Lecture Notes--How Neurons function

Lecture Notes--How Neurons function - How Neurons function...

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How Neurons function Overview Neurons are nerve cells that transfer information within the body. Communication by neurons is based on two distinct types of signals: long-distance electrical signals and short-distance chemical signals. o The specialized structure of neurons allows them to use pulses of electrical current to receive, transmit, and regulate the long-distance flow of information within the body. o To transfer information between cells, neurons use a chemical signal that acts over very short distances. Neurons transmit sensory information, control heart rate, coordinate hand and eye movements, record memories, and generate dreams. Information is transmitted within neurons as an electrical current, consisting of the movement of charged ions. The connections made by a neuron specify what information is transmitted. Interpreting signals in the nervous system involves sorting a complex set of neuronal paths and connections. In more complex animals, this higher-order processing is carried out in groups of neurons organized into a brain or into simpler clusters called ganglia . Neuron organization and structure reflect function in information transfer. Networks of neurons with intricate connections form nervous systems. The neuron is the structural and functional unit of the nervous system. Most of a neuron’s organelles, including its nucleus, are located in the cell body . Two types of extensions arise from the cell body: numerous dendrites and a single axon. o Dendrites are highly branched extensions that receive signals from other neurons. o The axon is a longer extension that transmits signals to neurons or effector cells. o The axon joins the cell body at the axon hillock , where signals that travel down the axon are generated. Each branched end of an axon transmits information to another cell at a junction called a synapse. o Each axon branch ends in a synaptic terminal . At most synapses, information is passed from the transmitting neuron (the presynaptic cell ) to the receiving cell (the postsynaptic cell ) by means of chemical messengers called neurotransmitters . o The postsynaptic cell may be a neuron, muscle, or gland cell.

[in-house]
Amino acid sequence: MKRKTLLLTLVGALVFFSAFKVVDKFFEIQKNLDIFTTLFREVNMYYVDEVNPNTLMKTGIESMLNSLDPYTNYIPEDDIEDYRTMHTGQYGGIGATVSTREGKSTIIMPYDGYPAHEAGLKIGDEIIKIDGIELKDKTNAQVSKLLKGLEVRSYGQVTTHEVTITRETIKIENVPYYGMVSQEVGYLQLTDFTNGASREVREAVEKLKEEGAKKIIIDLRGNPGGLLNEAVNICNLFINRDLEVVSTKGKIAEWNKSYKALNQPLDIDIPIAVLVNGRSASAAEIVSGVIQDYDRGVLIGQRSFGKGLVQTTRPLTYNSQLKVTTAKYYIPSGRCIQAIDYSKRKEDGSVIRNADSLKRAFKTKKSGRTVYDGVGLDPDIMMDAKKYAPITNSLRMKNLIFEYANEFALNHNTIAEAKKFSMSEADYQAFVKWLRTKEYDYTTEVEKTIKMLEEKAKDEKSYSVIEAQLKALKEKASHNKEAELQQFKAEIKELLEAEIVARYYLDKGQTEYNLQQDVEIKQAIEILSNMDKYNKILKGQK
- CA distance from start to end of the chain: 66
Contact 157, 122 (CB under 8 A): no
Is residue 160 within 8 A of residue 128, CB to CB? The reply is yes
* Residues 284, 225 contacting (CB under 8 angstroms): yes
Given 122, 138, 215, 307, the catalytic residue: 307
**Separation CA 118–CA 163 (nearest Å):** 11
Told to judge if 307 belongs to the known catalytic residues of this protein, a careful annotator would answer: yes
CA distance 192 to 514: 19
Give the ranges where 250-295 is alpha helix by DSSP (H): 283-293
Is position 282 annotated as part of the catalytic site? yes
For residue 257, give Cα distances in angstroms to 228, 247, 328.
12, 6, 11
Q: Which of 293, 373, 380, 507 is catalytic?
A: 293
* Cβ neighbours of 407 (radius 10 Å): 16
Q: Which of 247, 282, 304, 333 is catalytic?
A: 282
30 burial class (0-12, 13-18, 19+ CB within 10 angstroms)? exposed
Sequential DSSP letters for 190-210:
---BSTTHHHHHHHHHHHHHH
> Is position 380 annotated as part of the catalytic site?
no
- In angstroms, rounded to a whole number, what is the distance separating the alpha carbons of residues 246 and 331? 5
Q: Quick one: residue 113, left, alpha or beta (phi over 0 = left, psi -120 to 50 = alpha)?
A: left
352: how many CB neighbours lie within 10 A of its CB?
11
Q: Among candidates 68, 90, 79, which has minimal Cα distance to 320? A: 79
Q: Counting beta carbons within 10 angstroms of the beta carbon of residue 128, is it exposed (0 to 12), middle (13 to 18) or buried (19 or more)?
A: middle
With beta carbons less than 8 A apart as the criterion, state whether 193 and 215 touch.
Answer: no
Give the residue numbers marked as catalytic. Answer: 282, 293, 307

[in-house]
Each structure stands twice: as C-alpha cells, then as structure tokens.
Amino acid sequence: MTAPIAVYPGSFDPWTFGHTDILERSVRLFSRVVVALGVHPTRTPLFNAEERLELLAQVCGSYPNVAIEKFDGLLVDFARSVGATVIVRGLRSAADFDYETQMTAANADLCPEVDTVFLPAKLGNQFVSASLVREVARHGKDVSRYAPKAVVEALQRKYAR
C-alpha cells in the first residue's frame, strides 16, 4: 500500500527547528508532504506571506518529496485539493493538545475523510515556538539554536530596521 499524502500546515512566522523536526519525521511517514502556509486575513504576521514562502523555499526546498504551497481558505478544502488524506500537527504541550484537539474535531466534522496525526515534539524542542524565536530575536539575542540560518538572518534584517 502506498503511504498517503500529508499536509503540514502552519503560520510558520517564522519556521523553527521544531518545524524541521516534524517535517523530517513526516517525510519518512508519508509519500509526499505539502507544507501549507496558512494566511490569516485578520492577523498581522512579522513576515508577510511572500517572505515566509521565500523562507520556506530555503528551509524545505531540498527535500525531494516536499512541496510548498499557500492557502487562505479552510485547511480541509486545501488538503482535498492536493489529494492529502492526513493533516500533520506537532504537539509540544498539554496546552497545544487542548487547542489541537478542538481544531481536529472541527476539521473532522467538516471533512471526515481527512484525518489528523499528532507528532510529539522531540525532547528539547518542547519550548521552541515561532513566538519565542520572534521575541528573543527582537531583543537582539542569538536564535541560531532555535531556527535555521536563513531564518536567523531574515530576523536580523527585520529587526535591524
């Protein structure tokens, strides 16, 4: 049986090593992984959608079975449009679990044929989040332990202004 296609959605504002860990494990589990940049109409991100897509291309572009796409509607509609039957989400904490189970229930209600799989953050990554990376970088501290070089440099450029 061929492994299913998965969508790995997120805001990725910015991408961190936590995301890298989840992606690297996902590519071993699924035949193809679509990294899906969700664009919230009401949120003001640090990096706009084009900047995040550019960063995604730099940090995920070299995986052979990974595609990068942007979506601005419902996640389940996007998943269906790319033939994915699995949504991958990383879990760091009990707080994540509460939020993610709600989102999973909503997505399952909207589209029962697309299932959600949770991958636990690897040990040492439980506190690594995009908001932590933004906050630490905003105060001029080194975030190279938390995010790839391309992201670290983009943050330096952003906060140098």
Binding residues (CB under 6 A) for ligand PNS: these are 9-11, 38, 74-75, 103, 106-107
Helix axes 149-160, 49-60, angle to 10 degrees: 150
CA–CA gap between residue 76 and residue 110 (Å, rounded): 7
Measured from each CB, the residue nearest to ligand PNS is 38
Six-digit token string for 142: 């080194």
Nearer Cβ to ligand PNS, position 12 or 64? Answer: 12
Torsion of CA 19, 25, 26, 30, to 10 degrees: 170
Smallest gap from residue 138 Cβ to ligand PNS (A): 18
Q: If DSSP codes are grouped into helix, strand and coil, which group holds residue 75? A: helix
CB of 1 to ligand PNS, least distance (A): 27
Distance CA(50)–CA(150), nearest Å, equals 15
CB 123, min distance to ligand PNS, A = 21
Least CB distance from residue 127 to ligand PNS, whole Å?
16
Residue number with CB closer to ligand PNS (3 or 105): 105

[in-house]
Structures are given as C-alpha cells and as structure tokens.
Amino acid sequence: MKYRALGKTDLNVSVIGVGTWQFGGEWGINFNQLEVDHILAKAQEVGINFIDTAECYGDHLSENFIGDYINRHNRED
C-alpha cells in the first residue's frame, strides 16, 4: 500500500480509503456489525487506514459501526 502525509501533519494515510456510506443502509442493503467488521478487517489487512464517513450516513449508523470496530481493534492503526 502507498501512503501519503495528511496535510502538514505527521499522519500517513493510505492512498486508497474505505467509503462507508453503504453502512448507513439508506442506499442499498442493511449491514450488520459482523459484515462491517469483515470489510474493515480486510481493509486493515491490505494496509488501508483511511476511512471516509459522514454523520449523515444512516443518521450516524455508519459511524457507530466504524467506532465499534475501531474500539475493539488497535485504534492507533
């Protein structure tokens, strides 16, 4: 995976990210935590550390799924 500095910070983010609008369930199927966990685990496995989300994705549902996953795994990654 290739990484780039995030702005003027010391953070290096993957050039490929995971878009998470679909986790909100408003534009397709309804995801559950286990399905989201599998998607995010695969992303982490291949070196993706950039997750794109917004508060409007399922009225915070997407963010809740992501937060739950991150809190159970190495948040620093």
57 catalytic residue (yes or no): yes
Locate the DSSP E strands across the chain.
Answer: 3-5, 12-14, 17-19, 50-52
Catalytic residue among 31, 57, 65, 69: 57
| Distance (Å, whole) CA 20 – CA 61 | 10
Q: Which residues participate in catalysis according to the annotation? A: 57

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o Depending on the number of synapses a neuron has with other cells, its shape can vary from simple to quite complex. Ion pumps and ion channels maintain the resting potential of a neuron. All cells have a voltage (difference in electrical charge) across their plasma membrane; this voltage is called the membrane potential . In neurons, inputs from other neurons or specific stimuli cause changes in this membrane potential, which act as signals to transmit and process information. The membrane potential of a neuron that is not transmitting signals is called the
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This note was uploaded on 11/14/2011 for the course BSC 2010 taught by Professor Pf during the Spring '08 term at FSU.

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Lecture Notes--How Neurons function - How Neurons function...

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